Indonesia has raised subsidised fuel prices by about 30 per cent on Saturday, top officials said, as the government moves to rein in ballooning subsidies.
The price of subsidised petrol was raised to 10,000 rupiah ($67 US cents) a litre from 7,650 rupiah, while that of subsidised diesel rose to 6,800 rupiah a litre from 5,150 rupiah, Energy Minister Arifin Tasrif said.
"I actually wanted domestic fuel prices to remain affordable by providing subsidies, but the budget for subsidies has tripled and will continue to increase," President Joko Widodo told a news conference.
"Now the government has to make a decision in a difficult situation. This is the government's last option," Jokowi, as the president is known, said.
South-East Asia's largest economy had already jacked up its 2022 energy subsidies to 502 trillion rupiah ($34 billion), three times the original budget, pushed by rising global prices of oil and a depreciating rupiah currency.
If prices were not raised, the budget would have ballooned further to 698tn rupiah, Finance Minister Sri Mulyani Indrawati said.
She estimated total energy subsidies would range between 591tn and 649tn rupiah for this year following the price review, assuming the average crude price stays in a range of $85 to $100 a barrel for the remainder of 2022.
High energy subsidies had previously kept Indonesia's inflation low, allowing the central bank to delay raising interest rates until last month, well behind regional and global peers. The August inflation rate was 4.69 per cent.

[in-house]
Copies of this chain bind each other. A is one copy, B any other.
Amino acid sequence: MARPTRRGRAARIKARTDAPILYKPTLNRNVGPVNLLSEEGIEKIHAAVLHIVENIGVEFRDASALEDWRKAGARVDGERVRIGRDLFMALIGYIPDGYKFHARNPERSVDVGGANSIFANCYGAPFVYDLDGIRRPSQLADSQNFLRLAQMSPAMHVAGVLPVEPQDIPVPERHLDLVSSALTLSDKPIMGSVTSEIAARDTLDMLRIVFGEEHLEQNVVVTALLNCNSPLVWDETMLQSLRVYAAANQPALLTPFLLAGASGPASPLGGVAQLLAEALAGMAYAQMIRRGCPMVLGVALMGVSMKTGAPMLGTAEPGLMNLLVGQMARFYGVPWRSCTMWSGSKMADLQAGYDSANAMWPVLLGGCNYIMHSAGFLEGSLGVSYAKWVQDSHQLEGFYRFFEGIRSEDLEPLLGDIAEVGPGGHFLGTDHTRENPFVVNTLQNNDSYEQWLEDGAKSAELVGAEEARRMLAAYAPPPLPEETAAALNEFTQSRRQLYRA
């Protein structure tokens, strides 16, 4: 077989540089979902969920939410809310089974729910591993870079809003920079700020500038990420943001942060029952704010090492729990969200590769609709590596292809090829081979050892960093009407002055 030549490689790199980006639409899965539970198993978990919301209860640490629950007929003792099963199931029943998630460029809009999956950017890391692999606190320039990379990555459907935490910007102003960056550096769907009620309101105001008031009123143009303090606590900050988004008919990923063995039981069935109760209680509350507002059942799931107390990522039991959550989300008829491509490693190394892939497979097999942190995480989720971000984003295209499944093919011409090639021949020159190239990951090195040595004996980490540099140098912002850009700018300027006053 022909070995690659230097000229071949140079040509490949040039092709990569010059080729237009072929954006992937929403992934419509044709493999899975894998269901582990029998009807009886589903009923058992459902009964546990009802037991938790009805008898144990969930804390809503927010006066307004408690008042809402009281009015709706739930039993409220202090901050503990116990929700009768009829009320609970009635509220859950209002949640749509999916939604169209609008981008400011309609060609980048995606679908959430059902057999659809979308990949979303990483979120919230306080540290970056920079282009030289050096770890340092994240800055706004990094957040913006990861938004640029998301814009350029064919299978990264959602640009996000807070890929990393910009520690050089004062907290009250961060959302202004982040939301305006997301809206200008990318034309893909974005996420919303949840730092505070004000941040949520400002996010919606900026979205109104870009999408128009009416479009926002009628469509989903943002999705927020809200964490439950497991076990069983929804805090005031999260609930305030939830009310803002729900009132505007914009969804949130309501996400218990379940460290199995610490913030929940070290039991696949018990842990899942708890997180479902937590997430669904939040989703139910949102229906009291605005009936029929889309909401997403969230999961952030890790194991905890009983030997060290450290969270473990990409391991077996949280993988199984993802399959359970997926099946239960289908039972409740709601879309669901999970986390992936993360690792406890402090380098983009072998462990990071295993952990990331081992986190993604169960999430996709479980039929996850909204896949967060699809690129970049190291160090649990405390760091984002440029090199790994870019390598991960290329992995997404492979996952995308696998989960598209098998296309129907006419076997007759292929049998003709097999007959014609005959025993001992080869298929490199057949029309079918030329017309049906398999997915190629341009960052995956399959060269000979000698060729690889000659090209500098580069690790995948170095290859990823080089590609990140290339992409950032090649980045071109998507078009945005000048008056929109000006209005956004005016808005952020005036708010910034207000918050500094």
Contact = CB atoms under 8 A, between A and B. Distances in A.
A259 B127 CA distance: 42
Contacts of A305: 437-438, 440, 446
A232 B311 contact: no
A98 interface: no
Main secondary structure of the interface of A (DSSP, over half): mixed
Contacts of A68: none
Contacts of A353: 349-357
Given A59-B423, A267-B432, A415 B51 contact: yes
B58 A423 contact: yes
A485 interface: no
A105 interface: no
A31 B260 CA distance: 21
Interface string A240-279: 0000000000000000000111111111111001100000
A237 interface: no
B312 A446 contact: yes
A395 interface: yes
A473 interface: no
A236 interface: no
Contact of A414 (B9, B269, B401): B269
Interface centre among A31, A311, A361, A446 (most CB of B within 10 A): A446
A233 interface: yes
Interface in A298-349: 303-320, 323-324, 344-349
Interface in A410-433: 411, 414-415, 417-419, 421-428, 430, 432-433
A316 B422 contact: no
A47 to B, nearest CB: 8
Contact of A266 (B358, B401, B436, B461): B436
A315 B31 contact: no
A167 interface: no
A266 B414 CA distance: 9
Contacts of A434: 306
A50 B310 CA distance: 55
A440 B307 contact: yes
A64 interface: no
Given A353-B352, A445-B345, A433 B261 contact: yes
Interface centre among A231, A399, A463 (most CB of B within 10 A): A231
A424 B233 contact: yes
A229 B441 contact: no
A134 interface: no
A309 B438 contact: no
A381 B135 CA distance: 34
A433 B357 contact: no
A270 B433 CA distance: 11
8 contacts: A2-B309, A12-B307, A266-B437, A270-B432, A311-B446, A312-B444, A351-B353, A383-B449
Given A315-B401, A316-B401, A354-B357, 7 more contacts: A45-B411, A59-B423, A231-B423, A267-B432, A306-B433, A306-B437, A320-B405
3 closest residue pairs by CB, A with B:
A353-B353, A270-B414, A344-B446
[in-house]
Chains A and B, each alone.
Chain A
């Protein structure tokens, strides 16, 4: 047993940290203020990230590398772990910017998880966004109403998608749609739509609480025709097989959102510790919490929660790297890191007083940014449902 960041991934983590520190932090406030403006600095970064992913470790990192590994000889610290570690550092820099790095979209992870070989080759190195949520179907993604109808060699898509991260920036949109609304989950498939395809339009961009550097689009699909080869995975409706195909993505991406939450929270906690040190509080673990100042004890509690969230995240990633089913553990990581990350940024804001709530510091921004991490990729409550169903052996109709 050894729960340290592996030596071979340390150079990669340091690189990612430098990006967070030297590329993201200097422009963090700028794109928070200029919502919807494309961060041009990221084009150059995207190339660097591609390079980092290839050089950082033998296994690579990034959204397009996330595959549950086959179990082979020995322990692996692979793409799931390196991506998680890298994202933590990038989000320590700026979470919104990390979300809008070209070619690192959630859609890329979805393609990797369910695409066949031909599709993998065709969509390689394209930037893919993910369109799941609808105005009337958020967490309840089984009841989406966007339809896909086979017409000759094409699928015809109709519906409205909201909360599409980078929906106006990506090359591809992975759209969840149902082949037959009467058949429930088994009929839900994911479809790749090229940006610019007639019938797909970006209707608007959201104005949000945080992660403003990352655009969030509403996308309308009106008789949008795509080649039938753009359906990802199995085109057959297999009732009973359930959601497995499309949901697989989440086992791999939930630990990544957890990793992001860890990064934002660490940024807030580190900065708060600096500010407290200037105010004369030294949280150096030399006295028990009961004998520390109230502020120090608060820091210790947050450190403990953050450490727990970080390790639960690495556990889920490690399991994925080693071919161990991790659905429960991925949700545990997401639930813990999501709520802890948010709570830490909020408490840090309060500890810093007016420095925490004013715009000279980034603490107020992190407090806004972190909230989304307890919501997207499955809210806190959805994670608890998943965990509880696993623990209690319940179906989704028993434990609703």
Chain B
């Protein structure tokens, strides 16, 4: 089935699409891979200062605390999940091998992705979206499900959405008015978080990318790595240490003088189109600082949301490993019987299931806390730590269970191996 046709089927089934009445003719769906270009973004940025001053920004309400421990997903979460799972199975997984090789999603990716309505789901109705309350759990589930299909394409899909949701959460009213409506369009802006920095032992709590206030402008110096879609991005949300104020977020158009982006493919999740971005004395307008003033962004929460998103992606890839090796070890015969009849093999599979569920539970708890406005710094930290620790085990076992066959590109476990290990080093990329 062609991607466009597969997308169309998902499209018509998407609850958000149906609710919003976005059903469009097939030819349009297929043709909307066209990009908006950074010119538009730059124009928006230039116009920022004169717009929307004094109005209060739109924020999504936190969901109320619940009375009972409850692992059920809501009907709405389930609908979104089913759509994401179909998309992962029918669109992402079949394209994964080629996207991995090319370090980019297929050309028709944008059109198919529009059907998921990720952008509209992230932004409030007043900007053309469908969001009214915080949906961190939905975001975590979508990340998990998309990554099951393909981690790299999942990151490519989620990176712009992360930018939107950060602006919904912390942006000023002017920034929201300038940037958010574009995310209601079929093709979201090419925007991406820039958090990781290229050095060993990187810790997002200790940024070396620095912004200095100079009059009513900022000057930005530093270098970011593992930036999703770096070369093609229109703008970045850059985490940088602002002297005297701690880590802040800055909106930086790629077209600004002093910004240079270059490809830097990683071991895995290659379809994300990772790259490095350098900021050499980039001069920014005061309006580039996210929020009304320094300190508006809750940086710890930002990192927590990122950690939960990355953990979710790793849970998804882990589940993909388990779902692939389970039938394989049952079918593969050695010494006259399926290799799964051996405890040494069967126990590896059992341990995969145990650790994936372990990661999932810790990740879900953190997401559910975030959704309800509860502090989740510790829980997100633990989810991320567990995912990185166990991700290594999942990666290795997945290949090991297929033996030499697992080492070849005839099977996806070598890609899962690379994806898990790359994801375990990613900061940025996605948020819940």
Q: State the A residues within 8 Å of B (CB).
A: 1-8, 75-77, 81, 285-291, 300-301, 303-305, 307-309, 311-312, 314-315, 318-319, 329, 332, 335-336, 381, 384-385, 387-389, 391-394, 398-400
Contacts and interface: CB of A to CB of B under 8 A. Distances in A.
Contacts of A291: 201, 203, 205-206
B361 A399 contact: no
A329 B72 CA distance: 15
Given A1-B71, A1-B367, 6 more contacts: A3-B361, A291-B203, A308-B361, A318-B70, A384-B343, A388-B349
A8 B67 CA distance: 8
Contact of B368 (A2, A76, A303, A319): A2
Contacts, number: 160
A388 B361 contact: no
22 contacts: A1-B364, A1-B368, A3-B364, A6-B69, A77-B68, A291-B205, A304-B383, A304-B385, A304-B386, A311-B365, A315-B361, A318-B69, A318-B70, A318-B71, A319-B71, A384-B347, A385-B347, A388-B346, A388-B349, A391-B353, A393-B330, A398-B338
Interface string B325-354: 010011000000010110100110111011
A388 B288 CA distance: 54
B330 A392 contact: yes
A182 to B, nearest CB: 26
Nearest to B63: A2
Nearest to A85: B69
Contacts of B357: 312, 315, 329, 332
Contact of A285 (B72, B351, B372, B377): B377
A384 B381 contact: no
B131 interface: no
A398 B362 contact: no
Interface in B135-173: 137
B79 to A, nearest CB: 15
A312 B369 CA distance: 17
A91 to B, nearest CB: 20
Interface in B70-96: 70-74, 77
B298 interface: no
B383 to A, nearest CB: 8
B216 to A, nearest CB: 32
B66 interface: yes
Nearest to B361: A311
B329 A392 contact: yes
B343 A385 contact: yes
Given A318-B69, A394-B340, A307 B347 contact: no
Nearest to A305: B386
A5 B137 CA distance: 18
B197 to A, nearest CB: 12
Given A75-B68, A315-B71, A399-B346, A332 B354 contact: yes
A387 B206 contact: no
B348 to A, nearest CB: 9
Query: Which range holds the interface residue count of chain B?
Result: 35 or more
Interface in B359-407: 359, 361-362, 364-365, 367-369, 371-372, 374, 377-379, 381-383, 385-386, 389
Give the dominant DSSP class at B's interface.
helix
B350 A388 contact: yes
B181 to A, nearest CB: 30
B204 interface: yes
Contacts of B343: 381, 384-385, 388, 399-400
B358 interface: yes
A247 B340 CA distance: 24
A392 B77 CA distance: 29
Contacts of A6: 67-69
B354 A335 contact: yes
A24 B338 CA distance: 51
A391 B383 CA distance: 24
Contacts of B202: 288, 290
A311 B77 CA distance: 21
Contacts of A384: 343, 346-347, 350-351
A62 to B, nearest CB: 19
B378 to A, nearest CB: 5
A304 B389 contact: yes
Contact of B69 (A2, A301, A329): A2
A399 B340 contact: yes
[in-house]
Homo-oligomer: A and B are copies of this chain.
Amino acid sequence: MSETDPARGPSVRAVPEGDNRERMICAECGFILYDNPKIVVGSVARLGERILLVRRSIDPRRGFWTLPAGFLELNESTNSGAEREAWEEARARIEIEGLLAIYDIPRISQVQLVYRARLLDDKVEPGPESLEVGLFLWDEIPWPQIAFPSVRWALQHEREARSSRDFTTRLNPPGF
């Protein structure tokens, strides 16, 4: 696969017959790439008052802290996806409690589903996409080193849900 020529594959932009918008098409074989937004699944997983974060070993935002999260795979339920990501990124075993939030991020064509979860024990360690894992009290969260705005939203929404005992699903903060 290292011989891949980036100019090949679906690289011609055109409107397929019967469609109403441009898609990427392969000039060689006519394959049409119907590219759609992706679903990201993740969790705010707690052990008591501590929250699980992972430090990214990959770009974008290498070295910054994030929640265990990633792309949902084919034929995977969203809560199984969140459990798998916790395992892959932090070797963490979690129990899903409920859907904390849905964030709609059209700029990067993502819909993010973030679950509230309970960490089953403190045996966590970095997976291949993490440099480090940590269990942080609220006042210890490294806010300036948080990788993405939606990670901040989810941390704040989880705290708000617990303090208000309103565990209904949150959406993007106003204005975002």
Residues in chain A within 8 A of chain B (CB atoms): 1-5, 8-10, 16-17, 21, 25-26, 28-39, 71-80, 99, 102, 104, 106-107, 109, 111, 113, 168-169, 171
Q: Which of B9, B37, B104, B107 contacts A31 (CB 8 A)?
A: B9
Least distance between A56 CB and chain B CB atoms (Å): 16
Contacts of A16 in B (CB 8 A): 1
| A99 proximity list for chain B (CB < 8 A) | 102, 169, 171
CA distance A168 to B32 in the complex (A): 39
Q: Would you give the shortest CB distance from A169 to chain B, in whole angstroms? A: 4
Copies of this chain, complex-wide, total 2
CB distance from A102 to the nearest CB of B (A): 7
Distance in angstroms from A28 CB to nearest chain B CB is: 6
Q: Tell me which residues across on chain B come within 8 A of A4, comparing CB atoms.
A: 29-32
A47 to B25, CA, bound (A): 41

Hariyadi Sukamdani, head of business group Indonesian Employers Association, said overall price pressure from the fuel price rise would not be too much, expecting inflation to top 6 per cent at the end of the year.
"If prices of goods are too expensive, people won't buy. We can't raise prices too much," he said.
Businesses are using non-subsidised fuels, but the price rise will affect logistics costs, Mr Hariyadi said.
Still, accelerating inflation could put pressure on the central bank to tighten monetary policy more quickly. The bank holds a two-day policy meeting ending on Sept 22.
Fuel prices are a politically sensitive issue in Indonesia, and the changes will have major implications for households and small businesses, as subsidised fuel accounts for more than 80 per cent of state-owned oil giant Pertamina's sales.
The last fuel price rise was in 2014, months after Mr Jokowi took office, aiming to free up fiscal space. That sparked protests across the archipelago.
The opposition Labour Party has arranged a protest involving thousands of workers for Tuesday, chairman Said Iqbal, who also heads a trade union, told Reuters, calling on parliament to pressure the government to cancel the price rise.
"This will hurt purchasing power," he said. "Wages have not increased for three years and inflation is bound to rise sharply."
Small protests against any price rise, mostly led by students, had erupted in the past few days in several cities.
The government has allocated an additional total of 24.17tn rupiah for cash handouts to help the poor cope with the policy's impact, Mr Jokowi said.
After the price rise announcement, Pertamina said it was committed to ensuring adequate fuel supplies nationally.
Cars were seen queuing in some petrol stations in the capital Jakarta after the announcement.
Pertamina, Asia's biggest petrol importer, has already deferred some of its petrol deliveries for September before the price rise, due to an expected drop in fuel demand, traders said.
Decades ago, Indonesia was once a major oil exporter, becoming a member of the Organisation of Petroleum Exporting Countries in the 60s, but its oil output has since declined and it turned to be a net oil importing country in the 2000s. Indonesia is still an exporter of gas, however.